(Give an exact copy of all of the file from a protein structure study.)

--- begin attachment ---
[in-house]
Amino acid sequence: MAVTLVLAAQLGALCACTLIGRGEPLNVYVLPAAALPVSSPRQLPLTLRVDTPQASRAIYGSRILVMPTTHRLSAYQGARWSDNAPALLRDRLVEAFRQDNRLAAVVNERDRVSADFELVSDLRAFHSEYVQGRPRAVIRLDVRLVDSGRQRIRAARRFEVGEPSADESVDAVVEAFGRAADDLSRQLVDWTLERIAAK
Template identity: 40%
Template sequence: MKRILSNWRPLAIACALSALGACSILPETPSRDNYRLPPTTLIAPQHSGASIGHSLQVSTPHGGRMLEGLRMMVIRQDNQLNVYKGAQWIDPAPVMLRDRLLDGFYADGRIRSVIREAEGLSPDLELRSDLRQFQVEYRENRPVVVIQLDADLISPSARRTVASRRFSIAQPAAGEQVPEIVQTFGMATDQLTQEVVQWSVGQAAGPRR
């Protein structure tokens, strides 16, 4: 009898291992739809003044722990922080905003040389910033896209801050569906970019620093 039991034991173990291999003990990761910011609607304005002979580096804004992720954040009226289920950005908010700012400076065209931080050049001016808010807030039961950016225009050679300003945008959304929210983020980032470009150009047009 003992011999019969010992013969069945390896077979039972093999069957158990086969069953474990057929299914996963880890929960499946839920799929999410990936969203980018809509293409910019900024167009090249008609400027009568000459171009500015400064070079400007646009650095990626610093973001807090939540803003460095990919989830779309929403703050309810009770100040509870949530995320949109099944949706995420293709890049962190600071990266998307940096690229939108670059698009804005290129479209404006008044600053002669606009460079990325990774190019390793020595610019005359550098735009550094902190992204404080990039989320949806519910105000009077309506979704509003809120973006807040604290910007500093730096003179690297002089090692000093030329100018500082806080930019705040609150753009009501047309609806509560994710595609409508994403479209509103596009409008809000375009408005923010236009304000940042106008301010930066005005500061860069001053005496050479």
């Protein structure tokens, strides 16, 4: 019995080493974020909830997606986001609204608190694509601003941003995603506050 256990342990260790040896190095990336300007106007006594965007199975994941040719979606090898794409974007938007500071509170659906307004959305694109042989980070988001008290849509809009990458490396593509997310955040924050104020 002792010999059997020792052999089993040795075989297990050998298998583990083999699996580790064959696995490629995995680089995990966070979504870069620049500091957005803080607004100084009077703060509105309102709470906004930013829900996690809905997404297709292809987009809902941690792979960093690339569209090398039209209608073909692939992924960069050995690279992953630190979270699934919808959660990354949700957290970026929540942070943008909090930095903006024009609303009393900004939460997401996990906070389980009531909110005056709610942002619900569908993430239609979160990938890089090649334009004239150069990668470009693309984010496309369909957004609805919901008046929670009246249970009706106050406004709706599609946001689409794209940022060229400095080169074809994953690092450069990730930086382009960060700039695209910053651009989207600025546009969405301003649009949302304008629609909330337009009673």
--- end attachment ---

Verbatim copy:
[in-house]
Amino acid sequence: MAVTLVLAAQLGALCACTLIGRGEPLNVYVLPAAALPVSSPRQLPLTLRVDTPQASRAIYGSRILVMPTTHRLSAYQGARWSDNAPALLRDRLVEAFRQDNRLAAVVNERDRVSADFELVSDLRAFHSEYVQGRPRAVIRLDVRLVDSGRQRIRAARRFEVGEPSADESVDAVVEAFGRAADDLSRQLVDWTLERIAAK
Template identity: 40%
Template sequence: MKRILSNWRPLAIACALSALGACSILPETPSRDNYRLPPTTLIAPQHSGASIGHSLQVSTPHGGRMLEGLRMMVIRQDNQLNVYKGAQWIDPAPVMLRDRLLDGFYADGRIRSVIREAEGLSPDLELRSDLRQFQVEYRENRPVVVIQLDADLISPSARRTVASRRFSIAQPAAGEQVPEIVQTFGMATDQLTQEVVQWSVGQAAGPRR
């Protein structure tokens, strides 16, 4: 009898291992739809003044722990922080905003040389910033896209801050569906970019620093 039991034991173990291999003990990761910011609607304005002979580096804004992720954040009226289920950005908010700012400076065209931080050049001016808010807030039961950016225009050679300003945008959304929210983020980032470009150009047009 003992011999019969010992013969069945390896077979039972093999069957158990086969069953474990057929299914996963880890929960499946839920799929999410990936969203980018809509293409910019900024167009090249008609400027009568000459171009500015400064070079400007646009650095990626610093973001807090939540803003460095990919989830779309929403703050309810009770100040509870949530995320949109099944949706995420293709890049962190600071990266998307940096690229939108670059698009804005290129479209404006008044600053002669606009460079990325990774190019390793020595610019005359550098735009550094902190992204404080990039989320949806519910105000009077309506979704509003809120973006807040604290910007500093730096003179690297002089090692000093030329100018500082806080930019705040609150753009009501047309609806509560994710595609409508994403479209509103596009409008809000375009408005923010236009304000940042106008301010930066005005500061860069001053005496050479």
């Protein structure tokens, strides 16, 4: 019995080493974020909830997606986001609204608190694509601003941003995603506050 256990342990260790040896190095990336300007106007006594965007199975994941040719979606090898794409974007938007500071509170659906307004959305694109042989980070988001008290849509809009990458490396593509997310955040924050104020 002792010999059997020792052999089993040795075989297990050998298998583990083999699996580790064959696995490629995995680089995990966070979504870069620049500091957005803080607004100084009077703060509105309102709470906004930013829900996690809905997404297709292809987009809902941690792979960093690339569209090398039209209608073909692939992924960069050995690279992953630190979270699934919808959660990354949700957290970026929540942070943008909090930095903006024009609303009393900004939460997401996990906070389980009531909110005056709610942002619900569908993430239609979160990938890089090649334009004239150069990668470009693309984010496309369909957004609805919901008046929670009246249970009706106050406004709706599609946001689409794209940022060229400095080169074809994953690092450069990730930086382009960060700039695209910053651009989207600025546009969405301003649009949302304008629609909330337009009673």